Astronomers have a neat trick up their sleeves when it comes to approximating the size of a star. This lesson will tell you how they do it and how the sizes are grouped.
How Stars Can Be Classified
The spectra of stars are like a product barcode. I used to work at a place where I had to scan barcodes. When I did, it would tell me what the product was, where it had come from, and where it needed to go.Like a barcode told me about the product I was scanning, a star’s spectrum can tell an astronomer different things as well.
It can tell them about the chemical composition of the star, what its temperature is, as well as what kind of star it is. The former two are covered in other lessons, as we talk about how stellar spectra help astronomers classify the different kinds of stars and what luminosity classes have to do with it.
Atoms and Spectral Lines
When I scanned different products, I noticed that not all barcode lines were created equal. Some lines were really thin and others were really broad. All of that signified something to the computer analyzing those lines.
When an astronomer analyzes a star’s spectrum and finds broad spectral lines, it tells them something important. In a dense gas, atoms collide more frequently. This distorts their energy levels in such a way as to produce broader spectral lines. Main-sequence stars, adult stars lying on the main sequence of the HR diagram, have broad spectral lines because their atmospheres are dense.Giant stars are less dense. Their atoms collide less frequently and the spectral lines are narrower.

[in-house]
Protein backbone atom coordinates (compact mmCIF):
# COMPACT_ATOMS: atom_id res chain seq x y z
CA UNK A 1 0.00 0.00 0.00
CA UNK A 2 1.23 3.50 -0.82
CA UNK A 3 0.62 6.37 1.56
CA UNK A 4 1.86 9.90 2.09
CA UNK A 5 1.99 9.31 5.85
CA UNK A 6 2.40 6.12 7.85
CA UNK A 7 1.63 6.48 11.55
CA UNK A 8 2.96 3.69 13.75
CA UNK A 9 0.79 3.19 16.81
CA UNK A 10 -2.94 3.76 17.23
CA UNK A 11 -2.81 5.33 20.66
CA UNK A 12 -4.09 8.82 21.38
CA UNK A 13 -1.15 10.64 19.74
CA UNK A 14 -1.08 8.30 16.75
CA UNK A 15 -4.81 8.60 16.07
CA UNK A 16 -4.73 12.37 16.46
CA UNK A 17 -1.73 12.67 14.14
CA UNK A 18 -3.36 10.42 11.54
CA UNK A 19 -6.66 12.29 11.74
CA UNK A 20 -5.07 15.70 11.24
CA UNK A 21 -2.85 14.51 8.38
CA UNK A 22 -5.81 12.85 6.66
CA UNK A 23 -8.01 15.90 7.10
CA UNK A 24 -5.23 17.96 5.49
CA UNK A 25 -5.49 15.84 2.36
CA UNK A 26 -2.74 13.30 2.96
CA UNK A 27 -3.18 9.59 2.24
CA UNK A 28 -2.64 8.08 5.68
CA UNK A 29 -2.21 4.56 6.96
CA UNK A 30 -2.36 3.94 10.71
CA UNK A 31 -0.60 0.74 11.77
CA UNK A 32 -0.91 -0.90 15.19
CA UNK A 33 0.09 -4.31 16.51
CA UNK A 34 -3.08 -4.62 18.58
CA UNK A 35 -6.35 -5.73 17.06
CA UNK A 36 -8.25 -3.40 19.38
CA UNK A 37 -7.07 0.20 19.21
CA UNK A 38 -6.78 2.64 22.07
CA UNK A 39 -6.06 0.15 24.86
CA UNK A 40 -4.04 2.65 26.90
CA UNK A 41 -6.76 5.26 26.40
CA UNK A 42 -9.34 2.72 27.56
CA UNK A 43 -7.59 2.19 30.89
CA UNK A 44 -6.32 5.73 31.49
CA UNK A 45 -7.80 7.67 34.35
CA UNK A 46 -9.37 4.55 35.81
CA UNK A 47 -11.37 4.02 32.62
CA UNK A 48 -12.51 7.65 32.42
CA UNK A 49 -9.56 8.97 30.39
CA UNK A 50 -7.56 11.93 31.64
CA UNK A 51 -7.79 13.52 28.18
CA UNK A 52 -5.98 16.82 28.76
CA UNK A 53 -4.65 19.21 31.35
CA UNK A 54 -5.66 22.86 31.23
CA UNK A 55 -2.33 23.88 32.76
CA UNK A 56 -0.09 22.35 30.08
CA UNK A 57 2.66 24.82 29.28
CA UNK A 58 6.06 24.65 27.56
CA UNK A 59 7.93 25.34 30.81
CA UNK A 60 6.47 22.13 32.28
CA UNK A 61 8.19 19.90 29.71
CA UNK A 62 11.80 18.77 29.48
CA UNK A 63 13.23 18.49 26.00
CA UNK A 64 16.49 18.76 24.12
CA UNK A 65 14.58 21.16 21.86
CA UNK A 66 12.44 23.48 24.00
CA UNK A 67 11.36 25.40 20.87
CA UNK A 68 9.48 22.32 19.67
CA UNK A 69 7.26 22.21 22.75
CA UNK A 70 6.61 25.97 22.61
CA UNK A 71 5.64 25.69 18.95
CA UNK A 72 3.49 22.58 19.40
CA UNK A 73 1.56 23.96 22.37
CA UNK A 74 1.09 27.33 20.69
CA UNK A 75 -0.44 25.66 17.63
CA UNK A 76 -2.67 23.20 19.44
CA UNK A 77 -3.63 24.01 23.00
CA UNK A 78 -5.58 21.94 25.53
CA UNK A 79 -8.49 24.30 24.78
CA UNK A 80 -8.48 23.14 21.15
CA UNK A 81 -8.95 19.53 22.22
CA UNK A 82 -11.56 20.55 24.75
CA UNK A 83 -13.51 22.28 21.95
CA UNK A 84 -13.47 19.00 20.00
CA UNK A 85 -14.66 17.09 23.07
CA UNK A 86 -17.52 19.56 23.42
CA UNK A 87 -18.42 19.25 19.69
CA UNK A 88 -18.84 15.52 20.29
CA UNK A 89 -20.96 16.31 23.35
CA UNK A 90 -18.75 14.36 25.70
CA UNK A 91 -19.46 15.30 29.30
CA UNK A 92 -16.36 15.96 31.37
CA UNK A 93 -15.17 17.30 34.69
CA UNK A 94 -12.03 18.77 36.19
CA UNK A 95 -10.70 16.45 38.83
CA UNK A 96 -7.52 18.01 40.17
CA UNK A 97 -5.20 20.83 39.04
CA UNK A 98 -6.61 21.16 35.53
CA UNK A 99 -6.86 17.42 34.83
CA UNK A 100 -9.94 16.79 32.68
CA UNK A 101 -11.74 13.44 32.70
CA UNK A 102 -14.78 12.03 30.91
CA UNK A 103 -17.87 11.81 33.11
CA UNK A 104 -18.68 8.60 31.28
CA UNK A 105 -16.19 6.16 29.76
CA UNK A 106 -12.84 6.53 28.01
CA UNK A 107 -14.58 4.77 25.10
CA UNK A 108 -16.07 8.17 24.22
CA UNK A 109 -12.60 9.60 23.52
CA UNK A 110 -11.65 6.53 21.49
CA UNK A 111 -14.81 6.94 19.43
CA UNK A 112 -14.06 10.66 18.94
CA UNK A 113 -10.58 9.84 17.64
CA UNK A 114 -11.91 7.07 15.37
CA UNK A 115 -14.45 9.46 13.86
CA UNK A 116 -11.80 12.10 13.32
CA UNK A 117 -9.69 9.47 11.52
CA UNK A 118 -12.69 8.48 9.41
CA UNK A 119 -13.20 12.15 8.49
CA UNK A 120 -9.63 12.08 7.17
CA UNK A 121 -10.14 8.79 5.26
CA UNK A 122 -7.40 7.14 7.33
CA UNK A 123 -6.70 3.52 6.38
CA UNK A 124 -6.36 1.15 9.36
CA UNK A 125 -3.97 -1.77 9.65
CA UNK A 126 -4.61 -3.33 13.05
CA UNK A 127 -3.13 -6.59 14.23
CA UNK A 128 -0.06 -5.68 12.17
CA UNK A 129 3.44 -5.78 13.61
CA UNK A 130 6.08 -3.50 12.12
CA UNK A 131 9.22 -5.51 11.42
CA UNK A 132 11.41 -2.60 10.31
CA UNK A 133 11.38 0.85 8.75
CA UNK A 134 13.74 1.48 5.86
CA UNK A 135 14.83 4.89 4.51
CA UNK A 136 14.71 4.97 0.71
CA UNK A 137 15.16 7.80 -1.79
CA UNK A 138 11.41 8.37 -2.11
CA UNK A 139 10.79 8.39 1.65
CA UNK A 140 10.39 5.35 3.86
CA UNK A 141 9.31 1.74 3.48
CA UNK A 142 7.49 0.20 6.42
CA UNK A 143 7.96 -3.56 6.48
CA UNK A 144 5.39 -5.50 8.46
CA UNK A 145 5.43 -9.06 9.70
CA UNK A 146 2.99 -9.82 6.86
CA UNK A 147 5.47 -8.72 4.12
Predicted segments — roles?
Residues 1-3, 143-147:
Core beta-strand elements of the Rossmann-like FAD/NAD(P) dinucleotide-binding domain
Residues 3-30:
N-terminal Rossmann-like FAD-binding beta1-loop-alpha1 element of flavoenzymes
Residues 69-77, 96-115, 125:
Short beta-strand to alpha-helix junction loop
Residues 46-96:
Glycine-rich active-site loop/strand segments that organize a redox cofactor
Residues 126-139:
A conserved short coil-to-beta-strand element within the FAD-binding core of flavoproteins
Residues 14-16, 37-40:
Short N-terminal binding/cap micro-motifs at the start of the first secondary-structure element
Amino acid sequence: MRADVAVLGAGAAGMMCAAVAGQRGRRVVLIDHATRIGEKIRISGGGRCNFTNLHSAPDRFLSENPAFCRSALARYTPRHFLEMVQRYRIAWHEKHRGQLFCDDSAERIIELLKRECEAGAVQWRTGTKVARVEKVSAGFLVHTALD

Supergiants are even less dense and their spectral lines are very narrow.You get the idea. Lower density equals narrower spectral lines.
Unfortunately, I never figured out the meaning of what broad or narrow lines on the barcodes I scanned meant and was subsequently fired as a result. I’m only kidding.
I quit.You can actually eyeball a star’s spectrum and be able to tell how big it is. The size of a star as derived from a star’s spectrum is known as a luminosity class.
The word ‘luminosity’ is used because the more luminous a star is, the larger its size has to be. Luminosity is the total energy a star radiates in one second. Like a big fire pushes you away with all the hot energy it radiates, a bigger star will have a larger luminosity.The luminosity classes can be simplified into the following:
- Ia for luminous supergiants, such as Rigel
- Ib for supergiants, such as Polaris (the North Star)
- II for a luminous giant, like Adhara
- III for a giant, as per Aldebaran
- IV for a subgiant, for which Altair is an example
- V for a main-sequence star, which is the best class in my opinion because our sun is such a star!
The larger the Roman numeral, the denser the star, and the broader the spectral lines.
Let’s summarize what we learned here.
Barcode lines cannot be analyzed by anything other than a machine. That was the most important thing.Other than that, some less important stuff went something like this:Dense gas produces broader spectral lines.
So main-sequence stars will have broader lines than supergiants. Main-sequence stars are adult stars lying on the main sequence of the HR diagram. You can thus eyeball a star’s spectrum and approximate its size.The size of a star as derived from a star’s spectrum is known as a luminosity class. The word ‘luminosity’ is used because the more luminous a star is, the larger its size.
Luminosity is the total energy a star radiates in one second.The luminosity classes are simplified for you to this:
- Ia for luminous supergiants
- Ib for supergiants
- II for a luminous giant
- III for a giant
- IV for a subgiant
- V for a main-sequence star
Use this lesson to strengthen your capacity to:
- State the definitions of main-sequence stars and luminosity
- Point out the relationship between gas density and spectral lines
- Explain what luminosity class is and identify the six classes and an example of each